Turbans go way back in history as part of a spiritual practice. The top of your head is the tenth gate or the crown chakra. It is normally covered by hair that acts as antennae to protect the top of the head from sun and exposure, as well as to channel sun and vitamin D energy. Yogis or Sikhs do not cut their hair, they coil or knot it on top of head on their solar center. In men the solar center is on top of the head at the front (anterior fontanel). Women have two solar centers: one is at the center of the crown chakra, the other is on top of the head towards the back (posterior fontanel). For all, coiling or knotting the hair at the solar centers channels one’s radiant energy and helps retain a spiritual focus.
This hair knot is traditionally called the “rishi” knot. In ancient times, a rishi was someone who had the capacity to control the flow of energy and prana in the body. A “maharishi” was someone who could regulate the flow of energy in the body, meditatively and at will. The rishi knot assists in the channeling of energy in meditation (Naam Simran). If one cuts off the hair, there can be no rishi knot. By giving us the rishi knot and the turban the Guru gave us the blessing to have the capacity of a rishi.
The 10th Sikh Master, Guru Gobind Singh, taught his Sikhs to take the next step: Put a turban on the head covering the coiled, uncut hair. The pressure of the multiple wraps keeps the 26 bones of the skull in place. There are pressure points on the forehead that keep you calm and relaxed. Turbans cover the temples, which protects you from mental or psychic negativity of other people. The pressure of the turban also changes the pattern of blood flow to the brain. (These are all reasons that women should also wear turbans.) When you tie up your hair and wrap the turban around it, all the parts of your skull are pulled together and supported. You feel clarity and readiness for the day and for what may come to you from the Unknown.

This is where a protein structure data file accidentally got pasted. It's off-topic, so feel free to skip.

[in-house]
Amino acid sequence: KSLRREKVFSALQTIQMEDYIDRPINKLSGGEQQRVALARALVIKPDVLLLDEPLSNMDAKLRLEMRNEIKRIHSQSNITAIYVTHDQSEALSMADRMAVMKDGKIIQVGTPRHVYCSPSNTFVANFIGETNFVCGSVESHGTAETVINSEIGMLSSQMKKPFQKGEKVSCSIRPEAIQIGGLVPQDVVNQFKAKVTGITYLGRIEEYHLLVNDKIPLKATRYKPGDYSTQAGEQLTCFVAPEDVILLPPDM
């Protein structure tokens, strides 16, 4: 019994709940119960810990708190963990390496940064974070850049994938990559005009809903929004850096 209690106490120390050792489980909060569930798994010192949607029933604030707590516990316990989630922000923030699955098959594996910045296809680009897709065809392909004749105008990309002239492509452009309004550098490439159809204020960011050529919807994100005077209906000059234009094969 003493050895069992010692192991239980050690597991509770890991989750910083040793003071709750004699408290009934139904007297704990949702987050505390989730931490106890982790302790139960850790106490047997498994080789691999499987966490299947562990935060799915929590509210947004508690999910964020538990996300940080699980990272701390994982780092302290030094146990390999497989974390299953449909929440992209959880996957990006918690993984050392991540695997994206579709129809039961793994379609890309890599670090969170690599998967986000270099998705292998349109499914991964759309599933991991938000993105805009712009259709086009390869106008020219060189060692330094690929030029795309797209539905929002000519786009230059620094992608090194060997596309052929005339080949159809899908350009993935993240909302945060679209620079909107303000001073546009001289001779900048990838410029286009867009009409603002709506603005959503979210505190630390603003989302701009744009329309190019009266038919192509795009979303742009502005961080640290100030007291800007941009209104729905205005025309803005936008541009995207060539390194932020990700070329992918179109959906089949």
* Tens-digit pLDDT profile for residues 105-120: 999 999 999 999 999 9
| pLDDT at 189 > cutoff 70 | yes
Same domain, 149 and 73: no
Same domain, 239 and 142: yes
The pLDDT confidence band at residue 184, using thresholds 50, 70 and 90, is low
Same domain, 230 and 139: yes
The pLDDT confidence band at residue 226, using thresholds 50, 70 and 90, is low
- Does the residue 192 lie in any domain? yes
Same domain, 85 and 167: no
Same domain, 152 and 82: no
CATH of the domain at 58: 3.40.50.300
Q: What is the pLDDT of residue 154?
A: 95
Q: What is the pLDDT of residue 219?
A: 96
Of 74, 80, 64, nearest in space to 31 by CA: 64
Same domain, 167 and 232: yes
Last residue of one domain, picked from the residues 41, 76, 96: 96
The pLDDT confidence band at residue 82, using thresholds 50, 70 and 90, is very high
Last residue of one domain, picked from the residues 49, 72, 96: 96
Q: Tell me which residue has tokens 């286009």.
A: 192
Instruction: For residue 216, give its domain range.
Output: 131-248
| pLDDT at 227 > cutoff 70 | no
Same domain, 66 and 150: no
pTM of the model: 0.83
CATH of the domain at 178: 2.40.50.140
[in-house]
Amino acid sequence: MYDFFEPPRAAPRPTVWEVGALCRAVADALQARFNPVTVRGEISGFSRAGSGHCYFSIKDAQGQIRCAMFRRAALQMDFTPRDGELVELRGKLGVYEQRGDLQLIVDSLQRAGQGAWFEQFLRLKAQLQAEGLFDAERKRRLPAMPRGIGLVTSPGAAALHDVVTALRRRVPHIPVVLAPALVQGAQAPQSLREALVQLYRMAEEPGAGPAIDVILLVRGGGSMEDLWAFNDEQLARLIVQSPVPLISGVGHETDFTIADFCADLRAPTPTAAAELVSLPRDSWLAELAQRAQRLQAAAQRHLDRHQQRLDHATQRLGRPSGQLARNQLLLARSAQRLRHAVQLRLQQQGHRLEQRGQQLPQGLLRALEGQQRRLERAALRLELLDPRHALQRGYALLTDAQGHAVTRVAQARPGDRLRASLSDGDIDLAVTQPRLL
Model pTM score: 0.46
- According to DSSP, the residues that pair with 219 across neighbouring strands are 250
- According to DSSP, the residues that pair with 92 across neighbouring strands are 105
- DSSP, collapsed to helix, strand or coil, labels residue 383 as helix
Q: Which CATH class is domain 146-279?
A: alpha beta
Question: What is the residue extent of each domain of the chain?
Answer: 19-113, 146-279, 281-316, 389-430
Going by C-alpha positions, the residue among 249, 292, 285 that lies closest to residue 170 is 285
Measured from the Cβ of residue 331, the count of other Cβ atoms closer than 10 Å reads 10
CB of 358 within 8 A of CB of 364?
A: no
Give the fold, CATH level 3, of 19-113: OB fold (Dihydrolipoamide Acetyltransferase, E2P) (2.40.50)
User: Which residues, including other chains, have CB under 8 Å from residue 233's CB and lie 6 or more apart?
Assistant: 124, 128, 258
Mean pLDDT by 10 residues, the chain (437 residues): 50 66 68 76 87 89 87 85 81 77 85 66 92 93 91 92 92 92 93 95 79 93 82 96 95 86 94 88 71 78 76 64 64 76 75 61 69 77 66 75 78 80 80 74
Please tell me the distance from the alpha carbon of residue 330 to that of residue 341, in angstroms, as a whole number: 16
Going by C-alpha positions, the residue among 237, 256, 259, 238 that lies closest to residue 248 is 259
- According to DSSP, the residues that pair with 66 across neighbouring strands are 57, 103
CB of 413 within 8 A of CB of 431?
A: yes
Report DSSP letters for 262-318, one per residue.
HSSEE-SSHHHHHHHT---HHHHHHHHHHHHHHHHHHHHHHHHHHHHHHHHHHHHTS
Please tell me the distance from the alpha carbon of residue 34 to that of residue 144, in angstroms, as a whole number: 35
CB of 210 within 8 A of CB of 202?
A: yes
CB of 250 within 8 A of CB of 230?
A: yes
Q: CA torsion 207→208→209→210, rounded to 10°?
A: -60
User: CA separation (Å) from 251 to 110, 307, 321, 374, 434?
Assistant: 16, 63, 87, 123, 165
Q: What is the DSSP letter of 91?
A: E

God is the Unknown. He is mastery as well as mystery. Living with an awareness of your God within you and the God outside of you (God in all) is an attitude. Covering your head is an action with the attitude that there is something greater than you know. Your willingness to stand under that greatness of God is expressed by taking the highest, most visible part of you and declaring it as a place that belongs to the Creator. Covering your head is also a declaration of humility, of your surrender to God.
For many, hair is also sexually attractive. By covering our hair we can keep from stimulating the lower nature of others who are not our spouses. It is up to each of us to maintain our purity and integrity.
Wrapping a turban everyday is our declaration that this head, this mind is dedicated to our Creator. The turban becomes a flag of our consciousness as well as our crown of spiritual royalty. Wearing a turban over uncut hair is a technology of consciousness that can give you the experience of God. This experience is for all Khalsa, men and women both.